A: The type of hearing loss in Superficial Siderosis is called sensorineural. Sensorineural hearing loss refers to the fact that the problem is in the nerve or brain, as opposed to the ear.  In contrast, age related hearing loss is due to problems in the ear. Some Superficial Siderosis patients who are older have both types of hearing loss!

 

 

Q: My wife has Superficial Siderosis. Recently she has had surgery which was verified to stop the bleed. She has balance & hearing loss as a result of her condition. Since her bleed has been stopped, will her condition continue to decline?

A: Yes. The iron that is still stuck on the surface of her brain and spinal cord will continue to cause nerve damage over time.

 

 

Q: Can you explain how SS effects the central nervous system? It seems as if some nerves don't work at all i.e. hearing, smelling, tasting and others work in overdrive, tingling in hands, sharp miscellaneous pains, feet. Are the nerves working or dying, or what?

 

A: SS causes only loss of function of nerves. The overdrive feeling is the brain's interpretation of the nerve dysfunction. As the disease progresses, the nerves may eventually die and then the overdrive feeling is lost too.

 

 

Q: I was diagnosed with SS one year ago. I am from Lithuania, maybe first patient with SS in my country. What are the statistics for SS. How many SS cases are out there per million people? I can't walk without crutches anymore because of poor coordination, also I can constantly "hear" rhythmic noises in my head. Is that some of the symptoms of SS?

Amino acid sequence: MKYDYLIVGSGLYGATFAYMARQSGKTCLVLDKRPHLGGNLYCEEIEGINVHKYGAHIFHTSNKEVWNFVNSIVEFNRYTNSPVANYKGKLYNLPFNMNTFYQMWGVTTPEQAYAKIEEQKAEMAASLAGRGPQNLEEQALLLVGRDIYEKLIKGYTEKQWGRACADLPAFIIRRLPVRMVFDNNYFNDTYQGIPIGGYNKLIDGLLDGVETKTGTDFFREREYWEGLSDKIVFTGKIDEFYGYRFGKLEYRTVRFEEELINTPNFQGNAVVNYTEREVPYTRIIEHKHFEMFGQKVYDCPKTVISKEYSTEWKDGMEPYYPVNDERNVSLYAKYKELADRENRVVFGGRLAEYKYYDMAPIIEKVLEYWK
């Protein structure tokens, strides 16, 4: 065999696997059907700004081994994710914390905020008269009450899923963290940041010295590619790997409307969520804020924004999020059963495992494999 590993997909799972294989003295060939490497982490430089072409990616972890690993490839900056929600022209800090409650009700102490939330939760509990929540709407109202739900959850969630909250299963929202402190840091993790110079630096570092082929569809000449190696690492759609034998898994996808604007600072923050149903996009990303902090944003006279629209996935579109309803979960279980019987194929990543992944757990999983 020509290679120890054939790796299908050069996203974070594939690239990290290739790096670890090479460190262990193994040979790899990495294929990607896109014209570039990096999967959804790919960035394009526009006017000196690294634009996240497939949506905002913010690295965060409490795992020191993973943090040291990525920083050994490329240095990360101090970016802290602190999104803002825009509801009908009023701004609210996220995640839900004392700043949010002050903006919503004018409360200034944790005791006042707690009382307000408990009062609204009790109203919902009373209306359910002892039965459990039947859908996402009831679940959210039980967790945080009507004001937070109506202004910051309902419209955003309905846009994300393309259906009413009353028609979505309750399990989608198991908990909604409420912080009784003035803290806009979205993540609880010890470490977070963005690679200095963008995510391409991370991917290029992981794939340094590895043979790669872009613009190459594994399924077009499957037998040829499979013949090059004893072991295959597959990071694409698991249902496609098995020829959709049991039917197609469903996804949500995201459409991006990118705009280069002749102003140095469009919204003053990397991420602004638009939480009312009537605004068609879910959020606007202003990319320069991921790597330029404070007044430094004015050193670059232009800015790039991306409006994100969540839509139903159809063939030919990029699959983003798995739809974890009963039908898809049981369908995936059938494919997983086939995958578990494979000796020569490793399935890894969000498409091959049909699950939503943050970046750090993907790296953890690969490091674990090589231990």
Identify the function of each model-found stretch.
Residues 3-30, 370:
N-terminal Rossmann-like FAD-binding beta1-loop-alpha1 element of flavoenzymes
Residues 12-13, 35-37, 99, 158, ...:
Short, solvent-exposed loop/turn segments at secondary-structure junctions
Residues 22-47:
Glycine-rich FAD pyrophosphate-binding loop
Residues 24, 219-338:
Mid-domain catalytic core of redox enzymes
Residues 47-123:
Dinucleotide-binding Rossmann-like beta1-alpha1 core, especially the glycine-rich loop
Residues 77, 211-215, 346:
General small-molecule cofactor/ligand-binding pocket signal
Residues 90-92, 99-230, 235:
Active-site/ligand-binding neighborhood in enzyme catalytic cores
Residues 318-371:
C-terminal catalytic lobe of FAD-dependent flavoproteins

A: SS is incredibly rare. The incidence is approximately 1 per million. Your symptoms of balance problems and tinnitus are classic for SS.

 

 

Q: Hi there I'm messaging from Sheffield, UK on behalf of my dad.  He's 73 and been diagnosed with SS around 2000.  He's in the advance stages with total hearing loss, nystagmus, loss of bladder and bowel control and in a wheelchair as he can no longer walk. I've heard about Ferriprox and wondered if it can be used in the advanced stages of SS. I've never heard his consultant mention this drug. 

 

A: Ferriprox is approved in the UK and should be accessible. There is no other iron chelator that gets in the brain so it's the only option for treatment at this time. No telling if your dad could see the benefit of Ferriprox since it will take several years to remove the iron.

 

 

Q: I've been taking Ferriprox for 2 years now, and my iron levels on the brain have almost been depleted. My symptoms are still uncomfortably strong, no hearing, some improvement in my balance, and very loud tinnitus. I've been taking OTC pill called Lipo-Flavonoid for about 5 months which is supposed to help with the tinnitus. It hasn't helped much with that but it has a lot of vitamin C. Should I give that up, as it is probably counteracting the Ferriprox. My next MRL should be in a couple of weeks, early June.

 

A: the only trouble with vitamin C is the same as iron (answer above). It binds Ferriprox in the gut and you’ll lose both. If your MRI is improving, hopefully the healing will begin and you will regain some neurological function.

 

 

Q: Currently my husband's GP does not seem to think that he needs any specialist care at all!  His hearing is deteriorating quite rapidly. Is there any value in him seeing an auditory consultant on this matter rather than just attending the hearing aid clinic?

 

A: Your husband may be a candidate for a cochlear implant to improve his hearing. Not all patients are good candidates so it's important to get an expert opinion.